Yesterday evening I walked the first half of the Atherstone flight of 11 locks. It was very attractive in the early evening light.
Looking through the bridge hole to the top lock. Then looking back in the opposite direction to see Waiouru moored 3rd boat back.
Opposite us was a derelict building with most of the window panes broken. Jan was struck by the vegetation that had taken root in the foundations.
Then on the towpath side she noticed a Banksy.
Sometimes my memory retains the odd obscure piece of information. I seemed to recall from our 2007 lightning circuit of the Warwickshire Ring that there was a pub up from the canal where we had eaten lunch. I was right. The pub is there…..
But no meals were available this time!
In the morning we walked in to town with the intention of visiting Aldi. However we also spent 90 minutes walking the high street waiting for the shops to open at 9.00am.
The stall holders for the Atherstone weekly market were still setting up.
The Atherstone High Street hasn’t died although the far end was mostly charity shops. I assume the town is too small to attract the large chain outlets.
Back at Waiouru we were in the process of getting ready to leave when a boat passed us heading for the already full top lock. “Bugger”! But then we’re not in a hurry. Three volunteer CRT lock keepers arrived whilst we were filling the water tank and disposing of the rubbish at the facilities adjacent to the top lock.
The lock keepers kindly assisted us through the first five locks which are almost together.
The old lock keepers cottage at lock 5 looks rather attractive.
Below the locks is a longish pound where it appears many boaters stop overnight breaking the locks into two days work. Something for us to remember next time we come this way. The remaining locks are spread out in pairs (6&7, 8&9, 10&11).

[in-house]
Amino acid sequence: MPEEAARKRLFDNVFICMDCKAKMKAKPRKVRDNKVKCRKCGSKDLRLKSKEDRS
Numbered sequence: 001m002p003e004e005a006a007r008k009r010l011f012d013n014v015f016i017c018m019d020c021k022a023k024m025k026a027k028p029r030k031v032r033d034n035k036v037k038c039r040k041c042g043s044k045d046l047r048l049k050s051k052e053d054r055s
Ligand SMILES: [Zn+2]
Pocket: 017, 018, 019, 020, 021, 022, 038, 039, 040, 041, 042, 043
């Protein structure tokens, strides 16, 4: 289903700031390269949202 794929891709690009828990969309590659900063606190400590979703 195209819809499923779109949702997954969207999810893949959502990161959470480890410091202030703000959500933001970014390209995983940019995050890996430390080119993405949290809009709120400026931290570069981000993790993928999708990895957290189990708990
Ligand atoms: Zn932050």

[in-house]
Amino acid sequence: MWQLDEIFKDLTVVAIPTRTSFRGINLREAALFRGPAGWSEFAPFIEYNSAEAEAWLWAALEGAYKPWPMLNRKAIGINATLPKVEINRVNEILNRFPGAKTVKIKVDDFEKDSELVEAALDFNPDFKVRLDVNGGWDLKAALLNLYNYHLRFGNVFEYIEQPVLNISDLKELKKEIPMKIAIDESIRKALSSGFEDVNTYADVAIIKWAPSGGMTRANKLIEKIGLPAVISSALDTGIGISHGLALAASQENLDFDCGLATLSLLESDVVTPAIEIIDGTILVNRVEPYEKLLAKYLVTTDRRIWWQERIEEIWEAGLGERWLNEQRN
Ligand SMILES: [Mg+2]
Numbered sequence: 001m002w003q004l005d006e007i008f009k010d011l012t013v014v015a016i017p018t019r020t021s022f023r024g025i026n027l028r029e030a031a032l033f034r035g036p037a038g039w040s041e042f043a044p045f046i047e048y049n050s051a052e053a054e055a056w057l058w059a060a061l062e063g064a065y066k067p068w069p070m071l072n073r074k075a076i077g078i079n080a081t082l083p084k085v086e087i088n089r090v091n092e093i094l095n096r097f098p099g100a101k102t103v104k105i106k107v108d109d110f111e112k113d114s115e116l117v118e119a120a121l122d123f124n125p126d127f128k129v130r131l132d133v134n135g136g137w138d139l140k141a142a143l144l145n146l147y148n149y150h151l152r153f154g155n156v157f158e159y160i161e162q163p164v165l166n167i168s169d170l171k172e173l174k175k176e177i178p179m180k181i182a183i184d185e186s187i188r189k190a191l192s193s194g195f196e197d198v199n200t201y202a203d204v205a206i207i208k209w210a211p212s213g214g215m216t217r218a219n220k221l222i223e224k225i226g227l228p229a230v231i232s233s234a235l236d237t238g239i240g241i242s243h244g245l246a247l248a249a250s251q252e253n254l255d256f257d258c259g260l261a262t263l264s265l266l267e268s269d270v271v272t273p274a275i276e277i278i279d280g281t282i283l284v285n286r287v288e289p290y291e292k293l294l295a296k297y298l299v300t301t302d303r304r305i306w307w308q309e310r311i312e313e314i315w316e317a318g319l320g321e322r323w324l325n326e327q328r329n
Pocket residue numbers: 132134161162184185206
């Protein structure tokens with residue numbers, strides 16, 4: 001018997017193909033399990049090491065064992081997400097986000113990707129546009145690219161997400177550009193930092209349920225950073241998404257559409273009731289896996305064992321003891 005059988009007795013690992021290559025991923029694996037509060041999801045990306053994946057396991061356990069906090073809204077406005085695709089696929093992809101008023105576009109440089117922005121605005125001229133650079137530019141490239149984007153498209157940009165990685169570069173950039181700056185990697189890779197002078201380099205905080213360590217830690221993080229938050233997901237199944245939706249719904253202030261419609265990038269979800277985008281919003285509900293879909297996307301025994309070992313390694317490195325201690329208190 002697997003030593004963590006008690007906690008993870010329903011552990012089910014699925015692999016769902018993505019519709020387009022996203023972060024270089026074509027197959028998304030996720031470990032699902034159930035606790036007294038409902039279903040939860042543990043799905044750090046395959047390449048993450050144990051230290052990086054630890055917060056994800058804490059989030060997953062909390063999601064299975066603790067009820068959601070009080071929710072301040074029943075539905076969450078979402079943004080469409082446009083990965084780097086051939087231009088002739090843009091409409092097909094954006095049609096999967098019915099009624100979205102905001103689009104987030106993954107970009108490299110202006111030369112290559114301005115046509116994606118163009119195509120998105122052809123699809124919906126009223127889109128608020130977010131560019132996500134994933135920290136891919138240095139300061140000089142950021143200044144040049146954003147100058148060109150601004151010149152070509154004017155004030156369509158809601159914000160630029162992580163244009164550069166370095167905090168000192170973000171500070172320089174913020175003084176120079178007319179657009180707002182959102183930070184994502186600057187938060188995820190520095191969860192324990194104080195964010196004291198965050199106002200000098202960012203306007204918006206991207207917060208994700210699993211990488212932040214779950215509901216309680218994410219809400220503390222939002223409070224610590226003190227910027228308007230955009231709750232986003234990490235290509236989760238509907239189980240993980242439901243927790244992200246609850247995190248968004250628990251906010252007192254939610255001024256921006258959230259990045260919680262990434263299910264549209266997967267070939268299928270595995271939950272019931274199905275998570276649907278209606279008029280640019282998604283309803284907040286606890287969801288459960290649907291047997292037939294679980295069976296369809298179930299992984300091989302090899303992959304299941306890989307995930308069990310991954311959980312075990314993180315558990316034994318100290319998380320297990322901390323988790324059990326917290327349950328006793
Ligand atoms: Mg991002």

We had a pleasant cruise to Polesworth after stopping below Lock 11 for a late lunch. On the way to Polesworth we passed someone’s waiting restoration project.
We came upon a good mooring with rings immediately after Bridge 51 (Limekiln Bridge) and decided to stop for the day. Jan had the slow cooker (crock pot) running all day with a joint of roast beef for dinner. To her horror she discovered the slow cooker was cold and the meat raw. There was a problem with the 240v power sockets. I’d removed them recently and when I refitted them I’d accidentally reinserted them upside down. When Jan plugged in the slow cooker and turned it on she had actually turned it off. My fault! The problem has been rectified.
It wasn’t long after that Jan heard a strange sound like a couple of dogs panting outside the side hatch. She opened the hatch to discover….
Two hungry Muscovy Ducks. They make a very strange noise…… And only their mothers could love faces like that! They are native to Mexico but feral Muscovy Ducks have been seen in New Zealand (and obviously the UK).